With the direct bypass, the brain perfusion improvement is limited to the area where it is undertaken and is not helpful to perfuse extensive ischemic areas [169]. Contrarywise indirect brain vascularization can cover vast vascular territories, mainly if different techniques are employed, like the EDAS combined with MBH [5, 159]. This combination can provide new blood supply to the whole brain, including the interhemispheric frontal areas and occipital lobe [68].

MMD related aneurysms were treated with embolization or surgical clipping [11], and many improved with BR alone [11, 12].

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3. Historical development of surgical BR for MMD

Yaşargil performed the first superficial-temporal artery bypass procedure for an MMD patient in 1972 [170]. In Japan, the first case was completed in 1973 by Kikuchi and Karasawa [171]. In the following years, Karasawa and colleagues in Japan refined this surgical procedure and reported their results in 1978 [123].

The first indirect MMD BR was reported by Karasawa in 1977 and was called encephalo-myo-synangiosis (EMS) [142]. Several researchers confirmed that placement of the temporalis muscle directly over the brain induced collateral vessel formation [172, 173, 174]. In 1980 Matsushima et al. introduced a new indirect BR technique, the EDAS [175]. The STA with a strip of its surrounding galea was placed directly over the brain through a linear dural incision [176]. The galea was sutured to the dural edges, and the STA left over the brain without interrupting its flow, waiting for collateral vessel formation between the dura, the galea, the STA and the brain. It became widely accepted [149, 153, 177, 178, 179, 180]. The EMS was the ground stone for other indirect BR techniques introduced in the following years that used different donor tissues, including other scalp arteries [177], split dura [145], neck [181] or distant [182, 183, 184] muscles and the omentum [156]. Others reported using the pericranium introduced though multiple burr-holes [185]. These techniques revascularized the MCA territory but not those of the anterior and posterior cerebral arteries. In 1992, Inoue et al. [186] introduced the frontal EDAMS to selectively revascularize the anterior cerebral bed to overcome this drawback. Kinugasa et al. [187] two years later reported the ribbon EDAMS, in which a strip of galea and pericranium were placed over the frontal lobes, including the interhemispheric areas. Tenjin et al. [177] published in 1997 the occipital artery’s use to revascularize the PCA territory. Ever since a combination of direct and indirect BR techniques is recommended to achieve a good collateral flow in all three brain arterial territories (anterior, middle, and posterior cerebral arteries).

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4. Indication of surgical techniques for cerebral revascularization in moyamoya disease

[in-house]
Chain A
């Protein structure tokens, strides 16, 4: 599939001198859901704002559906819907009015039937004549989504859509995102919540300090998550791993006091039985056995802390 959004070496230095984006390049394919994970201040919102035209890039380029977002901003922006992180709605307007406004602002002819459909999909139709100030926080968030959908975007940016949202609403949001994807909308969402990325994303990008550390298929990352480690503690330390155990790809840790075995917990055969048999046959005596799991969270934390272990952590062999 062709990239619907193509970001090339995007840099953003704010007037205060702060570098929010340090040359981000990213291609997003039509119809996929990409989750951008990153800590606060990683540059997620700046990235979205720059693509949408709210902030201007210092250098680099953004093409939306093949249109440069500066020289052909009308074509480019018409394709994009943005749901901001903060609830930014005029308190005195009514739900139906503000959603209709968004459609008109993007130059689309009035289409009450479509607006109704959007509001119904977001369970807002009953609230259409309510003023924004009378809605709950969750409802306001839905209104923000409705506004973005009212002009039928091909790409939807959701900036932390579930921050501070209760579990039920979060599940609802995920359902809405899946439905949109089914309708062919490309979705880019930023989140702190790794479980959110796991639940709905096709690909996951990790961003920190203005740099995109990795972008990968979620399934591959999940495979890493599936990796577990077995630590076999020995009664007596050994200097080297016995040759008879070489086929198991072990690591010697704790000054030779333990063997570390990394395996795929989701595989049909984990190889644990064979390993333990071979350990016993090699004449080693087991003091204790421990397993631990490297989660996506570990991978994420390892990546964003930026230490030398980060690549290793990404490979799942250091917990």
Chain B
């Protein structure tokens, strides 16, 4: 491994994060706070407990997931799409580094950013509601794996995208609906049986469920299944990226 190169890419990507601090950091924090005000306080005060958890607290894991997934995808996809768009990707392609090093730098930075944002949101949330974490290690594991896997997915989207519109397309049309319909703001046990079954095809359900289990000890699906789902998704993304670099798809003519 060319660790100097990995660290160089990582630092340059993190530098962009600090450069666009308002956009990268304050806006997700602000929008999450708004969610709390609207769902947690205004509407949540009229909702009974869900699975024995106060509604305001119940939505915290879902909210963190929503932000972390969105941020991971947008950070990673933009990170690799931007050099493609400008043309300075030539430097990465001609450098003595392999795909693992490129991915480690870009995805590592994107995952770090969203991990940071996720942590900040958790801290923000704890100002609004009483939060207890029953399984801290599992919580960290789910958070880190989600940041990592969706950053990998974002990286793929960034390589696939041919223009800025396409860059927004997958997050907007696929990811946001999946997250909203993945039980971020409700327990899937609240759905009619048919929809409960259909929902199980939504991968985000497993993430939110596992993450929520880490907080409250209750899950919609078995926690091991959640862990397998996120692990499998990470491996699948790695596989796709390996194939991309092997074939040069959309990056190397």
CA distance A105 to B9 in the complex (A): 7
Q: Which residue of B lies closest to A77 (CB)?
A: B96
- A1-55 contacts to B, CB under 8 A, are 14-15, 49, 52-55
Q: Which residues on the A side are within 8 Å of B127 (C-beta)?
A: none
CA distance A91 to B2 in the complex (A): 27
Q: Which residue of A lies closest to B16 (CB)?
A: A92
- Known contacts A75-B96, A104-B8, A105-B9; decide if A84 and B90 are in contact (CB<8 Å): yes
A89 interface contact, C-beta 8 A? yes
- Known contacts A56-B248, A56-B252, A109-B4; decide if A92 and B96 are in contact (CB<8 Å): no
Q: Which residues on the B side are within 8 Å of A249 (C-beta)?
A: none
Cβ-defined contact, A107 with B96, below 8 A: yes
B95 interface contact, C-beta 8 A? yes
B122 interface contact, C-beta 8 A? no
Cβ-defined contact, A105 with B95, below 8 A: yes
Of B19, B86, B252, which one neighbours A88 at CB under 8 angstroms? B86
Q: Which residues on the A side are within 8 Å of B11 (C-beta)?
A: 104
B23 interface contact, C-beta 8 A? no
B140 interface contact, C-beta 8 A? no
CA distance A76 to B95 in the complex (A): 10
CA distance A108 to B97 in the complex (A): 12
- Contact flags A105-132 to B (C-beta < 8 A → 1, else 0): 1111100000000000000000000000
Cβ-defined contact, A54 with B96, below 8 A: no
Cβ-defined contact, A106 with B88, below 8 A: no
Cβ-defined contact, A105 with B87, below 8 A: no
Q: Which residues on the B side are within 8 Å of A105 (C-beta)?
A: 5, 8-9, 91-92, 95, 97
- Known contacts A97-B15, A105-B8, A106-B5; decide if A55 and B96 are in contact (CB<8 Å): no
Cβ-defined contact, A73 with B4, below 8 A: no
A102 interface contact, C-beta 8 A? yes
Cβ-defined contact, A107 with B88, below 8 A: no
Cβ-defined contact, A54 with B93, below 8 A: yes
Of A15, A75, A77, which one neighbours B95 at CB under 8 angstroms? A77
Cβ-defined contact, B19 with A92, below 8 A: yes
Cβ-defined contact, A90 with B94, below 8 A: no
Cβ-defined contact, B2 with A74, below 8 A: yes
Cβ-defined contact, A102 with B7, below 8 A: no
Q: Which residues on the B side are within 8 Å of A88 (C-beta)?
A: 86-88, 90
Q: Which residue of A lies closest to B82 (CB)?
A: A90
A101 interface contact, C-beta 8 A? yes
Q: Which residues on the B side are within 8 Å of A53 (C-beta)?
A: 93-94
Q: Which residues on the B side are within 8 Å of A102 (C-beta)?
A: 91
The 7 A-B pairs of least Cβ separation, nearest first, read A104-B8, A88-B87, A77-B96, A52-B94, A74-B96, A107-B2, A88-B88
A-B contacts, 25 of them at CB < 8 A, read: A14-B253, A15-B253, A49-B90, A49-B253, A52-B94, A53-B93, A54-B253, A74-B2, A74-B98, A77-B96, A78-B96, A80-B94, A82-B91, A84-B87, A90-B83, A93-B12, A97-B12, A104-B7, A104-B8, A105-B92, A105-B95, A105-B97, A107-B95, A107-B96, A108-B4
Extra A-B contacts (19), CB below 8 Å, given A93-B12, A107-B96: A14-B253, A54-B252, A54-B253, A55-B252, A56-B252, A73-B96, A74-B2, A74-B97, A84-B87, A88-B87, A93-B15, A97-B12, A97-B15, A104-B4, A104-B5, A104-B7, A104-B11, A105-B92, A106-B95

The hemisphere with the worse vascularization is operated first [12]. If both hemispheres are equally affected, the recommendation is to start with the dominant one and revascularize the other six months latter [178].

In unilateral involvement, if the patients’ symptoms disappear with the unilateral BR and an asymptomatic contralateral hemisphere, no further brain vascularization is advised for the time being [12] as contralateral hemisphere surgical BR in patients with unilateral involvement is controversial [99]. In an ischemic or haemorrhagic stroke, surgical BR is delayed for at least six weeks [188], and ideally, three months [12] and the BR of the contralateral cerebral hemisphere postponed at least 4–6 weeks [148]. Nevertheless, delaying surgical treatment is not advisable in late Suzuki stages [2], as BR improves brain collateral vascularization but not the stroke rate [178]. So, once the diagnosis is made, it is better to avoid unnecessary delays, particularly in children [178].

Direct BR is particularly indicated in adult and adolescent MMD patients [189, 190] but not recommended before ten years of age [191]. An STA to MCA bypass is strongly advised as it corrects the MMD related hemodynamic insufficiency [71, 121]. For a successful result, both the donor and recipient arteries must be at least 0.8 mm in outer diameter [192].

Indirect techniques are much less demanding [193] but are not as valuable for adults as for children [99, 149, 150, 152, 159, 179, 194, 195]. Its main drawback is that BR takes time, on average 3–4 months [196], during which there is a continued risk of cerebrovascular events [140]. In the paediatric age group, these indirect surgical techniques are preferred because the vessels are often of insufficient size and maturity to safely allow a direct arterial bypass [197], significantly below ten years of age [198]. One of the main advantages of indirect BR is the possibility of improving the anterior and PAC territories’ blood perfusion apart from the area covered by the MCA [146, 199]. This possibility of a wider area covered by the BR is crucial in children [99, 152, 158] as they often develop long-term symptoms secondary to hypoperfusion of the whole hemisphere [99]. The BR that use the temporalis muscle is not recommended in children [200] because it thickens with time, compressing the brain and inducing ischemia [201] and because it adheres to the brain and when it contracts can cause long-term neurological damage [202]. Additionally, it generates an unsightly cosmetic head [200].